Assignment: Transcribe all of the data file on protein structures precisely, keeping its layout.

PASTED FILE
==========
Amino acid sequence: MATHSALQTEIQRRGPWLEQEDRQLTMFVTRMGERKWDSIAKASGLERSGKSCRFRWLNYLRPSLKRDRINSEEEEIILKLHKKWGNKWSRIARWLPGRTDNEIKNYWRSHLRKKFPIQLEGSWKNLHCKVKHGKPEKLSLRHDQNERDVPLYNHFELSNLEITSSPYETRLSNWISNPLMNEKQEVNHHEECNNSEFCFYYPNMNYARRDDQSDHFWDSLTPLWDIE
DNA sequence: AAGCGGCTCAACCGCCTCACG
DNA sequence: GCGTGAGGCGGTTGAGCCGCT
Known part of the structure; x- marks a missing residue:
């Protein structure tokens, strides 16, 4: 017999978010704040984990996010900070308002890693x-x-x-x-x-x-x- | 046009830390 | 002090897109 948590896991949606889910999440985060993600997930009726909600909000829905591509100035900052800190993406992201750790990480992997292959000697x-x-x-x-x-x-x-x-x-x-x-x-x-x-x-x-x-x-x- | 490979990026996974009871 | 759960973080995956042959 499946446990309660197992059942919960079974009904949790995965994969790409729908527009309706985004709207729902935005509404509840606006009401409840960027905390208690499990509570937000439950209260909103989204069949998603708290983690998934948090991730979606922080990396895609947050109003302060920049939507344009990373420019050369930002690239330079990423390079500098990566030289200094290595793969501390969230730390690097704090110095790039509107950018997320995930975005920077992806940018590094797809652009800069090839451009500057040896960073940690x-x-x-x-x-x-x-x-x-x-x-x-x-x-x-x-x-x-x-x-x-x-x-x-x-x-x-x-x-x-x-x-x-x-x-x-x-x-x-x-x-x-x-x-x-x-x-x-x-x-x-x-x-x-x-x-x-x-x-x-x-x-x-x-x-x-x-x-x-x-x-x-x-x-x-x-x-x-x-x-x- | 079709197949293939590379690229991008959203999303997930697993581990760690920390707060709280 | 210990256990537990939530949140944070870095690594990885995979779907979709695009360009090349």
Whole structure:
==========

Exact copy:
Amino acid sequence: MATHSALQTEIQRRGPWLEQEDRQLTMFVTRMGERKWDSIAKASGLERSGKSCRFRWLNYLRPSLKRDRINSEEEEIILKLHKKWGNKWSRIARWLPGRTDNEIKNYWRSHLRKKFPIQLEGSWKNLHCKVKHGKPEKLSLRHDQNERDVPLYNHFELSNLEITSSPYETRLSNWISNPLMNEKQEVNHHEECNNSEFCFYYPNMNYARRDDQSDHFWDSLTPLWDIE
DNA sequence: AAGCGGCTCAACCGCCTCACG
DNA sequence: GCGTGAGGCGGTTGAGCCGCT
Known part of the structure; x- marks a missing residue:
């Protein structure tokens, strides 16, 4: 017999978010704040984990996010900070308002890693x-x-x-x-x-x-x- | 046009830390 | 002090897109 948590896991949606889910999440985060993600997930009726909600909000829905591509100035900052800190993406992201750790990480992997292959000697x-x-x-x-x-x-x-x-x-x-x-x-x-x-x-x-x-x-x- | 490979990026996974009871 | 759960973080995956042959 499946446990309660197992059942919960079974009904949790995965994969790409729908527009309706985004709207729902935005509404509840606006009401409840960027905390208690499990509570937000439950209260909103989204069949998603708290983690998934948090991730979606922080990396895609947050109003302060920049939507344009990373420019050369930002690239330079990423390079500098990566030289200094290595793969501390969230730390690097704090110095790039509107950018997320995930975005920077992806940018590094797809652009800069090839451009500057040896960073940690x-x-x-x-x-x-x-x-x-x-x-x-x-x-x-x-x-x-x-x-x-x-x-x-x-x-x-x-x-x-x-x-x-x-x-x-x-x-x-x-x-x-x-x-x-x-x-x-x-x-x-x-x-x-x-x-x-x-x-x-x-x-x-x-x-x-x-x-x-x-x-x-x-x-x-x-x-x-x-x-x- | 079709197949293939590379690229991008959203999303997930697993581990760690920390707060709280 | 210990256990537990939530949140944070870095690594990885995979779907979709695009360009090349």
Whole structure: